Aug. 22, 2011 -- People who are married and who undergo heart bypass surgery are more than twice as likely as their unmarried counterparts to be alive after 15 years, a new study indicates.
University of Rochester researchers tracked 225 people who had undergone bypass surgery between 1987 and 1990, asking them about their marital status at the time of surgery and to rate their marital satisfaction a year after their operations.
They found that marital satisfaction plays an important role in long-term survival after heart bypass surgery.
The effect of marital satisfaction was found to differ between men and women.
Fifteen years after bypass surgery, 83% of wives deemed happily married were still alive, compared to 28% of women in unhappy marriages and 27% of unmarried women, the study shows.
Among men, 83% of happily married husbands were alive 15 years after bypass surgery, compared to 60% of men in less-than-satisfying marriages and 36% of unmarried men.
"There is something in a good relationship that helps people stay on track," Kathleen King, PhD, RN, FAAN and professor emeritus from the University of Rochester's School of Nursing, says in a news release.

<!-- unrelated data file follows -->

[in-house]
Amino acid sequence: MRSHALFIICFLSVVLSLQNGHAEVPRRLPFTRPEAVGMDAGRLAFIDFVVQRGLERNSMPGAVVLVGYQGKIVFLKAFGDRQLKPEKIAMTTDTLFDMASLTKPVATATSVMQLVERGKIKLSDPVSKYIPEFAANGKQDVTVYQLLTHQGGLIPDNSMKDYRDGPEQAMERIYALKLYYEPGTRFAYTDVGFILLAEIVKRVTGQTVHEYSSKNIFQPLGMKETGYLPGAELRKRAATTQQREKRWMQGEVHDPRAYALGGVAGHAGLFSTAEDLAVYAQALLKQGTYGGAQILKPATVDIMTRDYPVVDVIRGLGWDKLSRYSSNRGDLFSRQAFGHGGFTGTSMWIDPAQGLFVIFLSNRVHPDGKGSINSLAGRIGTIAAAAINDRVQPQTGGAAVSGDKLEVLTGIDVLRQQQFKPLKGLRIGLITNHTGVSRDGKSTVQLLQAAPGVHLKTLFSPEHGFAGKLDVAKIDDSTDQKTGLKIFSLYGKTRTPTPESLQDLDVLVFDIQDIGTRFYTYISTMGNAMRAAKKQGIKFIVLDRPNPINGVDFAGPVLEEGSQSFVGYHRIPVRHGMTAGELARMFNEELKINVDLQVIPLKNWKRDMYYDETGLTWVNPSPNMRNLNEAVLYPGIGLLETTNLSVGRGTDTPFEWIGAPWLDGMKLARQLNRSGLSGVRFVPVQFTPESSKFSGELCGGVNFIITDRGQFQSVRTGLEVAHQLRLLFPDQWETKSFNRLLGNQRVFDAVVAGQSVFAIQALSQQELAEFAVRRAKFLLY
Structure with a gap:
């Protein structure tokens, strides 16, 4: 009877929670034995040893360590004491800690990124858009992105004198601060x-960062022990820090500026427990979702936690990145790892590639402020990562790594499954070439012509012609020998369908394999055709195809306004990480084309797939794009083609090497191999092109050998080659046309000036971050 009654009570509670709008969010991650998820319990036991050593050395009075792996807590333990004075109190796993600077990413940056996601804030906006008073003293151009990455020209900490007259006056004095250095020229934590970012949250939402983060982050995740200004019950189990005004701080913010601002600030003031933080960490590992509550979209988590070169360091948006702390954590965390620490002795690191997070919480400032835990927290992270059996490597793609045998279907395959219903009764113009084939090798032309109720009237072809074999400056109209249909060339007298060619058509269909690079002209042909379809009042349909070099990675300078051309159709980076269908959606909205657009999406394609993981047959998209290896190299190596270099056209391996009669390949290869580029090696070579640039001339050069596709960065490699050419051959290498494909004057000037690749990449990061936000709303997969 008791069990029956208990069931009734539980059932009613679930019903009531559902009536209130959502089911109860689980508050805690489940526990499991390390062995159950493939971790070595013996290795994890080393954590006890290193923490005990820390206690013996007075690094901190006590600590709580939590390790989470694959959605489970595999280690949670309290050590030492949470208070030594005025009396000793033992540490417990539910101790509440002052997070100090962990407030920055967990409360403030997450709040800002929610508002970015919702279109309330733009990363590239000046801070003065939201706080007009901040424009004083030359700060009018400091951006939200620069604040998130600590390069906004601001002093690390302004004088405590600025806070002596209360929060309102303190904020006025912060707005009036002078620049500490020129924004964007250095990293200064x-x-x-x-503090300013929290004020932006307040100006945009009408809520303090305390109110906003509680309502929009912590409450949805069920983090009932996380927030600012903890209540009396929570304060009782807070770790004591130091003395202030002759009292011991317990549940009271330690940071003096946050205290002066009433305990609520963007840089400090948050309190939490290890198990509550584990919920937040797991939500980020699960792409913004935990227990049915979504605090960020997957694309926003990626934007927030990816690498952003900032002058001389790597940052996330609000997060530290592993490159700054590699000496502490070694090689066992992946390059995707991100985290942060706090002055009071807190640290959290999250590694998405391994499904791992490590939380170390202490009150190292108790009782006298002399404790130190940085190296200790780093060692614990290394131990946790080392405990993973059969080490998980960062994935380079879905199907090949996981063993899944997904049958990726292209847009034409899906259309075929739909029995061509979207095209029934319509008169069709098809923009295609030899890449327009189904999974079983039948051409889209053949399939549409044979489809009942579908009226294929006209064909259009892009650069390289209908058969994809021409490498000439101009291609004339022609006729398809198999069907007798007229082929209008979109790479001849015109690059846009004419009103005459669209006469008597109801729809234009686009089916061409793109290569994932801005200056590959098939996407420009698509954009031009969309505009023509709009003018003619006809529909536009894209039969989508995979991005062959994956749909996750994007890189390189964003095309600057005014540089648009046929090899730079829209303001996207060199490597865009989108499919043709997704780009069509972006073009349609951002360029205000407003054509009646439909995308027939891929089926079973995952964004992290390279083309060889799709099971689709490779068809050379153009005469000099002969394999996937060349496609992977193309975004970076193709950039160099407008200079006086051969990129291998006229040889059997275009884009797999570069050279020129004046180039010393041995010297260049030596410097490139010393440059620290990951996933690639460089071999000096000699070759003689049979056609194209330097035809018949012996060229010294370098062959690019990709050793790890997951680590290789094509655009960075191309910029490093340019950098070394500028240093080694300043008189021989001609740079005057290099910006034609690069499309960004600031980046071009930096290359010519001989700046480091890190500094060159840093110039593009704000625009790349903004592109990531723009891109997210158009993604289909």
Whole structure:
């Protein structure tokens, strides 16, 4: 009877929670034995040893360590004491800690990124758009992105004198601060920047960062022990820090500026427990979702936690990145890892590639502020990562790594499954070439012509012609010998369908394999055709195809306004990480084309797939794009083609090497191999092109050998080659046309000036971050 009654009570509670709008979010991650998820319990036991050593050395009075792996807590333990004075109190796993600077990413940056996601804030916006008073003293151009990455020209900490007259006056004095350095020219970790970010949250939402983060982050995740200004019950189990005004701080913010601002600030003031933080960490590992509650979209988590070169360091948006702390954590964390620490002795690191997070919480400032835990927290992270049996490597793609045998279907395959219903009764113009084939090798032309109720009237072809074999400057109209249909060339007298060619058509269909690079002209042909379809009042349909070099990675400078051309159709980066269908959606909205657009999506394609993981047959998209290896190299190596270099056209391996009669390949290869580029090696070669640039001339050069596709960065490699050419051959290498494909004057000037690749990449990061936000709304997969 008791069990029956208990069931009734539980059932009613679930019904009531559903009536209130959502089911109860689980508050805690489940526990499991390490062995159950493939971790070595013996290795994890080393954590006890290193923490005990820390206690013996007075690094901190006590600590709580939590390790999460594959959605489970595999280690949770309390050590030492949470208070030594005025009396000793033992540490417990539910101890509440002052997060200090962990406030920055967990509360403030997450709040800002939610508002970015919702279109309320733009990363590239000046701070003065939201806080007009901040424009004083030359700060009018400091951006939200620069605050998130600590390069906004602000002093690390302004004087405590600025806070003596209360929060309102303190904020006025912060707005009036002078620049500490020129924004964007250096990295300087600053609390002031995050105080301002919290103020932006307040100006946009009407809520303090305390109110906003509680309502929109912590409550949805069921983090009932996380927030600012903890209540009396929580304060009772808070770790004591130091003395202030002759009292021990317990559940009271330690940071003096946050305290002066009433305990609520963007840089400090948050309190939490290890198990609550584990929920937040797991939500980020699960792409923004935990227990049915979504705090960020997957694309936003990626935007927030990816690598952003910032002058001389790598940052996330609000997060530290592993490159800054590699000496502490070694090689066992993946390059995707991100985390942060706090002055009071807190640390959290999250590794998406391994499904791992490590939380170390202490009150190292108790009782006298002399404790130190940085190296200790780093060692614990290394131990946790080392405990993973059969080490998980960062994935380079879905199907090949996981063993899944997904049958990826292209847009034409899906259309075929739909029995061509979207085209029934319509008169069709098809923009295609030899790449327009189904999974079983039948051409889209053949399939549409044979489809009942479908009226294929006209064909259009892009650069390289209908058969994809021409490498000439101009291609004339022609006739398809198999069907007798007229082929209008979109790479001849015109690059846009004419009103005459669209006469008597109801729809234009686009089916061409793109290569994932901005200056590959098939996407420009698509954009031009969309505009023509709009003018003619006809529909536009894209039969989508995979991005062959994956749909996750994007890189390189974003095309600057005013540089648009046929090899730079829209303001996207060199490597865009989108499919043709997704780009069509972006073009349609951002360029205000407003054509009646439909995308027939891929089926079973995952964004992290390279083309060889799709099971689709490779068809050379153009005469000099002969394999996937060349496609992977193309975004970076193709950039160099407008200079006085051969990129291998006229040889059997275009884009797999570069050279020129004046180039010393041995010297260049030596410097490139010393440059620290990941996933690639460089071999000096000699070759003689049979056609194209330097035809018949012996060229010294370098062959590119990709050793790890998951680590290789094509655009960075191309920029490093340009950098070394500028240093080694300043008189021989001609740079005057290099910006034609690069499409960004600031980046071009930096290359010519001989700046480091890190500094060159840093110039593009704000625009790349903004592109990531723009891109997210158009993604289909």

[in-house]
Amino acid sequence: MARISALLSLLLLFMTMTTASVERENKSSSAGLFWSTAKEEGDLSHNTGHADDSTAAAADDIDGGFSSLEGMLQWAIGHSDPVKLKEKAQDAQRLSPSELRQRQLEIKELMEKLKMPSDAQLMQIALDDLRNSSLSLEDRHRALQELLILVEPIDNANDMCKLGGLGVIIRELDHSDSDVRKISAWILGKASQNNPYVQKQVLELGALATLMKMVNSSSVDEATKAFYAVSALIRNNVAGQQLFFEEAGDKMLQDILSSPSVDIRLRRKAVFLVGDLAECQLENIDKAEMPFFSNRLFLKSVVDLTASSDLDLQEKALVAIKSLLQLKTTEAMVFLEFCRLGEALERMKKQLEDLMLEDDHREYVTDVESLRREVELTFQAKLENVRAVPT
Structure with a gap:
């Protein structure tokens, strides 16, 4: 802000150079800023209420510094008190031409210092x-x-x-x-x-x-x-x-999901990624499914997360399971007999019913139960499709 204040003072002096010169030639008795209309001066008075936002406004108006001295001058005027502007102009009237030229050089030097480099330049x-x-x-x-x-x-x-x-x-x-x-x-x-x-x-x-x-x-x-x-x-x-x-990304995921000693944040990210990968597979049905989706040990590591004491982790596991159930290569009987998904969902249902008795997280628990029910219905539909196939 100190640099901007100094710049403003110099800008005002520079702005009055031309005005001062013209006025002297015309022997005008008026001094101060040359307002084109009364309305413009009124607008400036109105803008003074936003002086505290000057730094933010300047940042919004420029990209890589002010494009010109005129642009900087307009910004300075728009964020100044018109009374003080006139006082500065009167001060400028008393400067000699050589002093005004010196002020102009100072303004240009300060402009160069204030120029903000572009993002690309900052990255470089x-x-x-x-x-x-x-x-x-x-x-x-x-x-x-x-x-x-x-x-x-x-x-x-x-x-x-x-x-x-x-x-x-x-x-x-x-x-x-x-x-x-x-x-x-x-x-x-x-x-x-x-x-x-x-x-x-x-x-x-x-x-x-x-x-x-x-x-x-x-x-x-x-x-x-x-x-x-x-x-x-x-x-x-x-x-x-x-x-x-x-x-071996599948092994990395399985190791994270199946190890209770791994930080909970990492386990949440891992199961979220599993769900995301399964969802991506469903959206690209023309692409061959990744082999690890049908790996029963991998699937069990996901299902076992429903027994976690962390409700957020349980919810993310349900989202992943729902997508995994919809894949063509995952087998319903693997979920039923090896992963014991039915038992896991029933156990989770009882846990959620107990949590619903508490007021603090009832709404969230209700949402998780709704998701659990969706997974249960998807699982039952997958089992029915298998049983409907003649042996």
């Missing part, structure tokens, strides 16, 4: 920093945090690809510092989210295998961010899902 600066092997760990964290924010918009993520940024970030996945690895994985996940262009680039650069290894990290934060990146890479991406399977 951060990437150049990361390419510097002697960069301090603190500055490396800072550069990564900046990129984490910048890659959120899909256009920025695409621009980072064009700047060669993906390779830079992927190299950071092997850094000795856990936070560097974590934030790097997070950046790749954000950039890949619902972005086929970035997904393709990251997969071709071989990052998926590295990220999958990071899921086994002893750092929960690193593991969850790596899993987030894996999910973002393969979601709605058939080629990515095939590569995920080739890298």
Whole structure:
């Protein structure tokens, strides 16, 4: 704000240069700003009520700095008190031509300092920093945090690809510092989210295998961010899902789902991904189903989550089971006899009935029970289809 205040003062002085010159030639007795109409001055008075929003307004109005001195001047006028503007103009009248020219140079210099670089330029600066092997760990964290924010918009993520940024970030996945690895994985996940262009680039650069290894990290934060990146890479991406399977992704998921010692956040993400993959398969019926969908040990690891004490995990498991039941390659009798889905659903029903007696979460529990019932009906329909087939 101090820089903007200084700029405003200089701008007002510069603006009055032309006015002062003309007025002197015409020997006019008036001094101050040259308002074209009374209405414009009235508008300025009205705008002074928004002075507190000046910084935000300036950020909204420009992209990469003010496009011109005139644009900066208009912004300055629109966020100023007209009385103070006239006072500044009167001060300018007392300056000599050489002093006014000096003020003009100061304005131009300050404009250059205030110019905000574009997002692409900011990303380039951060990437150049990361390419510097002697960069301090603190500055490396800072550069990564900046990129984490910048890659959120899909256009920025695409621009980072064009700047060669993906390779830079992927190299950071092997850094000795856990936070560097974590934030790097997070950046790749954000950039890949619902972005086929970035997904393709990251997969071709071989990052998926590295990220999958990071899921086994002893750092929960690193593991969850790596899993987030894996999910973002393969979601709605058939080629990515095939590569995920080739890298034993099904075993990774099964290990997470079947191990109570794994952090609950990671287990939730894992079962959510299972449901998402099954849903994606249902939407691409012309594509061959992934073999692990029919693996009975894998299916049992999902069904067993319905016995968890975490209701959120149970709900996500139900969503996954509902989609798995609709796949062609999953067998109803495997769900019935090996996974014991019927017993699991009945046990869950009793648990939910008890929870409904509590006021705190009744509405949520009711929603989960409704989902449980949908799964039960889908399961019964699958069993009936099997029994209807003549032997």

Rochester psychology professor Harry Reis, PhD, says marital satisfaction is "every bit as important to survival after bypass surgery as more traditional risk factors like tobacco use, obesity and high blood pressure."
Reis says wives need to feel satisfied in their relationships to get a health benefit, even though "the payoff for marital bliss is even greater for women than for men."
He says that some research has indicated that marriage is not beneficial for women, but the new study, because it factored in satisfaction levels, perhaps gets at the truth more accurately.
"A good marriage gets under your skin whether you are male or female," Reis says.
Support From Spouses
Supportive spouses may be a major ticket, King says, because they are most likely to encourage health behaviors like exercise and to discourage bad ones, like smoking.
A nurturing marriage provides patients with sustained motivation to care for themselves and gives them a significant reason to "stick around so they can stay in the relationship that they like," she says.
Previous research has shown that people with lower hostility in their marriages have less of the type of inflammation that is linked to heart disease, the researchers say, and this may be another reason why people in the bypass study benefited from happy marriages.
The study is published online Aug. 22 in Health Psychology, a publication of the American Psychological Association.